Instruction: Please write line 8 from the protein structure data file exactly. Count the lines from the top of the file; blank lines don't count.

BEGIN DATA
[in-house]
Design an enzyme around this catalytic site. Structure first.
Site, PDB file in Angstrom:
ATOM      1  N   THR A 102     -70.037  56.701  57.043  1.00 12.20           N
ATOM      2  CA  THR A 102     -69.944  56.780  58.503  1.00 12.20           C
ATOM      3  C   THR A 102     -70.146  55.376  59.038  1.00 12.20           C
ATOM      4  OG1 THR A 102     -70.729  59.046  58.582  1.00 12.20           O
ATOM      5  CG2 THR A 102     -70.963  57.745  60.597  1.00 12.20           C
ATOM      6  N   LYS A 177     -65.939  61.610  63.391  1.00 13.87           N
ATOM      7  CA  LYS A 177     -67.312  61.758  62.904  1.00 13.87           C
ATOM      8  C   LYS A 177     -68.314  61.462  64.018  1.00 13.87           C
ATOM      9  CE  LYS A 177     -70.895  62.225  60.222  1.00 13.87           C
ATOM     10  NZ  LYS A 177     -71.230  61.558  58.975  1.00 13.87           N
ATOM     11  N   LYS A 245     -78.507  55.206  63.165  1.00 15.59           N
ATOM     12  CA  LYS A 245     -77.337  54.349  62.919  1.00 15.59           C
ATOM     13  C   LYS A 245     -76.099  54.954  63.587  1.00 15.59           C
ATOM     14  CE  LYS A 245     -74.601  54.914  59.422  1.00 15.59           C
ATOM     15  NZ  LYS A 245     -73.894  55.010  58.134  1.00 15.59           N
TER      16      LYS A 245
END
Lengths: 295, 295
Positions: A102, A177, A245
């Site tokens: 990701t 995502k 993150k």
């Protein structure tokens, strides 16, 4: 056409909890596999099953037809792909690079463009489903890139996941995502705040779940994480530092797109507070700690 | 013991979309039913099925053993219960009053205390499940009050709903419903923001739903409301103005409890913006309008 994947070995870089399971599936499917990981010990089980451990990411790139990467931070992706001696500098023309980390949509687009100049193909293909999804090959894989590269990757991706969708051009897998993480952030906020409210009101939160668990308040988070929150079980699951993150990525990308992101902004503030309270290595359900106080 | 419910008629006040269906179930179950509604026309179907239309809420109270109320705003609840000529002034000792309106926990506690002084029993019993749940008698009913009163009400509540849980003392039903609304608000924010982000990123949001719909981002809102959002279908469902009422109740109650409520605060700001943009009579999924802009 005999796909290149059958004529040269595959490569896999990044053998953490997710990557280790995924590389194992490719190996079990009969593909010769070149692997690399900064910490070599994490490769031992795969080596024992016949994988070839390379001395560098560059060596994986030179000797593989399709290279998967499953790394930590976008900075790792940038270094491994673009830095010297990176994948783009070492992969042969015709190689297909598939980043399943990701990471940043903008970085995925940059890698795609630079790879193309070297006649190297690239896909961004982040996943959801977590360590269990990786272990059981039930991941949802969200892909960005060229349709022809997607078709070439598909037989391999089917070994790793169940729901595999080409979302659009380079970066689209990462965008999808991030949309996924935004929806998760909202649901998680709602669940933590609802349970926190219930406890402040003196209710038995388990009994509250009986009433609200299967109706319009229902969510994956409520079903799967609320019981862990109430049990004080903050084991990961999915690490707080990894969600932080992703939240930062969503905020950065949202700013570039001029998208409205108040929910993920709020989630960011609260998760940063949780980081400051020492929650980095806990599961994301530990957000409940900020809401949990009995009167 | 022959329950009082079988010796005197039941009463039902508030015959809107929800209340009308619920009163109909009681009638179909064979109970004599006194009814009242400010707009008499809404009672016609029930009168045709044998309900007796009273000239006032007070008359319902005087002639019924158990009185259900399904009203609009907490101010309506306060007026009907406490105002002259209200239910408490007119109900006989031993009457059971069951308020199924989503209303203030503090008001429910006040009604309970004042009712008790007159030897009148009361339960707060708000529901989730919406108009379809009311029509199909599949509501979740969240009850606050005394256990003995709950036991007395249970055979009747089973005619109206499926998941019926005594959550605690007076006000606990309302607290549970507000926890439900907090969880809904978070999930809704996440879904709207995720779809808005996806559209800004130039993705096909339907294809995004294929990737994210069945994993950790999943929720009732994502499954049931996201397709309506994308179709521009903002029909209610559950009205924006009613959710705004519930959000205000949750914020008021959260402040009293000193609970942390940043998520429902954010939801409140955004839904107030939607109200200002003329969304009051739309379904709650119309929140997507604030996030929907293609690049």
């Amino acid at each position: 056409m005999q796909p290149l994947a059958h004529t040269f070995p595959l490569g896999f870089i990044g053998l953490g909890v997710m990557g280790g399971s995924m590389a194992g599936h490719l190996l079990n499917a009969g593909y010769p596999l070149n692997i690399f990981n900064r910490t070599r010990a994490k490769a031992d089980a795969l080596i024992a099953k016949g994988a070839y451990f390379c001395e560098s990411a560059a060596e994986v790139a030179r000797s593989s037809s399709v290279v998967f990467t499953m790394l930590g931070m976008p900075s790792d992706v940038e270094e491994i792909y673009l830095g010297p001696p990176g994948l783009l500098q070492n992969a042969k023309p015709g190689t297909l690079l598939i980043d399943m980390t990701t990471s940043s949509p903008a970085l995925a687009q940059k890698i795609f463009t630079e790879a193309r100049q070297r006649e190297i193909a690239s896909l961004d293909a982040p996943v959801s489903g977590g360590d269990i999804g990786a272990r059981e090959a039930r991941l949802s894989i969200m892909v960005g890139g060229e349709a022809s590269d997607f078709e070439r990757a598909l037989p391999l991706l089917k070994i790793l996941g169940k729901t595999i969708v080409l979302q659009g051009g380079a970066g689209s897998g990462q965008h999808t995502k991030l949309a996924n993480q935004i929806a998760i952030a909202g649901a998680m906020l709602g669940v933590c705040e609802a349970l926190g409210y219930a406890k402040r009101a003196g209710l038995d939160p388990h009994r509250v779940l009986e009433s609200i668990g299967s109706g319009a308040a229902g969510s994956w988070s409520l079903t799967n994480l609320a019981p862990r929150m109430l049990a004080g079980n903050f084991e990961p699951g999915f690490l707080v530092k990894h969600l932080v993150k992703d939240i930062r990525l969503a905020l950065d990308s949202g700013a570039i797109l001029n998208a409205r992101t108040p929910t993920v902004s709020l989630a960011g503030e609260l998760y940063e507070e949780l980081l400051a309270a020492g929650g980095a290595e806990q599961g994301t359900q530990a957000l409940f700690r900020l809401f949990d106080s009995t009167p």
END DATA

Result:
ATOM      5  CG2 THR A 102     -70.963  57.745  60.597  1.00 12.20           C